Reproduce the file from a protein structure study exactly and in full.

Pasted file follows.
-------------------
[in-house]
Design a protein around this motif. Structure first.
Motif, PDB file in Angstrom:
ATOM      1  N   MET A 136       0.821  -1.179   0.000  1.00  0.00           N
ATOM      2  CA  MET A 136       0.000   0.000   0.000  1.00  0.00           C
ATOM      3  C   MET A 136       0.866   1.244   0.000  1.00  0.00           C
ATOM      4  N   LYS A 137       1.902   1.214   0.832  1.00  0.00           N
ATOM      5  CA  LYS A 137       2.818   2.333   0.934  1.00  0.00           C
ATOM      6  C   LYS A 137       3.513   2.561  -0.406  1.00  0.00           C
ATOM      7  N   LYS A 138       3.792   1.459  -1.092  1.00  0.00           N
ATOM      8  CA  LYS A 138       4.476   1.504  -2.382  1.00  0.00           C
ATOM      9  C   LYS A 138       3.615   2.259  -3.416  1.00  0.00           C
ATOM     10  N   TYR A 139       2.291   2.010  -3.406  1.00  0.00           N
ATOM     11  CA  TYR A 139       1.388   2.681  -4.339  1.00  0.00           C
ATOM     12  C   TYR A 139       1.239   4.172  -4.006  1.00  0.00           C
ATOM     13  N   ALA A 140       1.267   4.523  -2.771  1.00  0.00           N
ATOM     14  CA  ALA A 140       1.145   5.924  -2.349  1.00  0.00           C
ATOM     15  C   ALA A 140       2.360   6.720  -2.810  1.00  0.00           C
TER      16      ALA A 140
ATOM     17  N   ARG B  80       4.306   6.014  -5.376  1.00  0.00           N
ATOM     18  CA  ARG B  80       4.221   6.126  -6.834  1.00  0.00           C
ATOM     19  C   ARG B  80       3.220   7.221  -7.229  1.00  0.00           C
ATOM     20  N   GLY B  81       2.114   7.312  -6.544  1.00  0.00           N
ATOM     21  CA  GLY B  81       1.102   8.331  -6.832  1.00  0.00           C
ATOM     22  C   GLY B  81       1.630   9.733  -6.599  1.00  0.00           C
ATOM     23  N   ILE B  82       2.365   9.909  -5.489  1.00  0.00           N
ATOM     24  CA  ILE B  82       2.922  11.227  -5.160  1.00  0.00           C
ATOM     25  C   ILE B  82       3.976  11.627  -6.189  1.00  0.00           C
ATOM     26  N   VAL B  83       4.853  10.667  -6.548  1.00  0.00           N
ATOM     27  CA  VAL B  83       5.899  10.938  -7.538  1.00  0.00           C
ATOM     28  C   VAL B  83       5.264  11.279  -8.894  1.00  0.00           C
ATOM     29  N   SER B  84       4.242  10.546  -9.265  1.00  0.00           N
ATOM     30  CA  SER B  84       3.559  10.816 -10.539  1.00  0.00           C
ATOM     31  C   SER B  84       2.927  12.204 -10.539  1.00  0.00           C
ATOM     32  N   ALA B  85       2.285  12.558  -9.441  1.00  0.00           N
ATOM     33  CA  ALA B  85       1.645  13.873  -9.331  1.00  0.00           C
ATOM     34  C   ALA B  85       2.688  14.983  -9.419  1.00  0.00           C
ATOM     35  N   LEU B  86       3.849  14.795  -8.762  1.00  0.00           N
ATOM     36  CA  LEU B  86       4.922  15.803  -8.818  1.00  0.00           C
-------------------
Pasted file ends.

[in-house]
Design a protein around this motif. Structure first.
Motif, PDB file in Angstrom:
ATOM      1  N   MET A 136       0.821  -1.179   0.000  1.00  0.00           N
ATOM      2  CA  MET A 136       0.000   0.000   0.000  1.00  0.00           C
ATOM      3  C   MET A 136       0.866   1.244   0.000  1.00  0.00           C
ATOM      4  N   LYS A 137       1.902   1.214   0.832  1.00  0.00           N
ATOM      5  CA  LYS A 137       2.818   2.333   0.934  1.00  0.00           C
ATOM      6  C   LYS A 137       3.513   2.561  -0.406  1.00  0.00           C
ATOM      7  N   LYS A 138       3.792   1.459  -1.092  1.00  0.00           N
ATOM      8  CA  LYS A 138       4.476   1.504  -2.382  1.00  0.00           C
ATOM      9  C   LYS A 138       3.615   2.259  -3.416  1.00  0.00           C
ATOM     10  N   TYR A 139       2.291   2.010  -3.406  1.00  0.00           N
ATOM     11  CA  TYR A 139       1.388   2.681  -4.339  1.00  0.00           C
ATOM     12  C   TYR A 139       1.239   4.172  -4.006  1.00  0.00           C
ATOM     13  N   ALA A 140       1.267   4.523  -2.771  1.00  0.00           N
ATOM     14  CA  ALA A 140       1.145   5.924  -2.349  1.00  0.00           C
ATOM     15  C   ALA A 140       2.360   6.720  -2.810  1.00  0.00           C
TER      16      ALA A 140
ATOM     17  N   ARG B  80       4.306   6.014  -5.376  1.00  0.00           N
ATOM     18  CA  ARG B  80       4.221   6.126  -6.834  1.00  0.00           C
ATOM     19  C   ARG B  80       3.220   7.221  -7.229  1.00  0.00           C
ATOM     20  N   GLY B  81       2.114   7.312  -6.544  1.00  0.00           N
ATOM     21  CA  GLY B  81       1.102   8.331  -6.832  1.00  0.00           C
ATOM     22  C   GLY B  81       1.630   9.733  -6.599  1.00  0.00           C
ATOM     23  N   ILE B  82       2.365   9.909  -5.489  1.00  0.00           N
ATOM     24  CA  ILE B  82       2.922  11.227  -5.160  1.00  0.00           C
ATOM     25  C   ILE B  82       3.976  11.627  -6.189  1.00  0.00           C
ATOM     26  N   VAL B  83       4.853  10.667  -6.548  1.00  0.00           N
ATOM     27  CA  VAL B  83       5.899  10.938  -7.538  1.00  0.00           C
ATOM     28  C   VAL B  83       5.264  11.279  -8.894  1.00  0.00           C
ATOM     29  N   SER B  84       4.242  10.546  -9.265  1.00  0.00           N
ATOM     30  CA  SER B  84       3.559  10.816 -10.539  1.00  0.00           C
ATOM     31  C   SER B  84       2.927  12.204 -10.539  1.00  0.00           C
ATOM     32  N   ALA B  85       2.285  12.558  -9.441  1.00  0.00           N
ATOM     33  CA  ALA B  85       1.645  13.873  -9.331  1.00  0.00           C
ATOM     34  C   ALA B  85       2.688  14.983  -9.419  1.00  0.00           C
ATOM     35  N   LEU B  86       3.849  14.795  -8.762  1.00  0.00           N
ATOM     36  CA  LEU B  86       4.922  15.803  -8.818  1.00  0.00           C